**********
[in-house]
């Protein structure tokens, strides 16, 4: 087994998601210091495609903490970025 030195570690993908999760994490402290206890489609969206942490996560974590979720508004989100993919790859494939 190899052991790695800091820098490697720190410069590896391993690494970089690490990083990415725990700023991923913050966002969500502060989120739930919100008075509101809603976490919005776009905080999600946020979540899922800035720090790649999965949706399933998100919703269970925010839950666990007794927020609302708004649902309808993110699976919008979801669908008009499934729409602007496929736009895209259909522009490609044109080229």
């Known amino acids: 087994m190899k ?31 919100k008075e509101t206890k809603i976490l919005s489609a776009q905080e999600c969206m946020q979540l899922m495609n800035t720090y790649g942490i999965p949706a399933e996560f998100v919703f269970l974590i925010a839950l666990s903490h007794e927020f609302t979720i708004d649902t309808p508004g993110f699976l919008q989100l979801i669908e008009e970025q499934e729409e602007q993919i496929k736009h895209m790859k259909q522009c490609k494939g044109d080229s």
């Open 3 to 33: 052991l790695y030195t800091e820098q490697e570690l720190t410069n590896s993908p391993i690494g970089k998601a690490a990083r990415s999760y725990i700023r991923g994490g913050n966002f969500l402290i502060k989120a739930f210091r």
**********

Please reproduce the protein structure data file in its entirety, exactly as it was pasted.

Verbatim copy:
[in-house]
């Protein structure tokens, strides 16, 4: 087994998601210091495609903490970025 030195570690993908999760994490402290206890489609969206942490996560974590979720508004989100993919790859494939 190899052991790695800091820098490697720190410069590896391993690494970089690490990083990415725990700023991923913050966002969500502060989120739930919100008075509101809603976490919005776009905080999600946020979540899922800035720090790649999965949706399933998100919703269970925010839950666990007794927020609302708004649902309808993110699976919008979801669908008009499934729409602007496929736009895209259909522009490609044109080229």
């Known amino acids: 087994m190899k ?31 919100k008075e509101t206890k809603i976490l919005s489609a776009q905080e999600c969206m946020q979540l899922m495609n800035t720090y790649g942490i999965p949706a399933e996560f998100v919703f269970l974590i925010a839950l666990s903490h007794e927020f609302t979720i708004d649902t309808p508004g993110f699976l919008q989100l979801i669908e008009e970025q499934e729409e602007q993919i496929k736009h895209m790859k259909q522009c490609k494939g044109d080229s």
């Open 3 to 33: 052991l790695y030195t800091e820098q490697e570690l720190t410069n590896s993908p391993i690494g970089k998601a690490a990083r990415s999760y725990i700023r991923g994490g913050n966002f969500l402290i502060k989120a739930f210091r």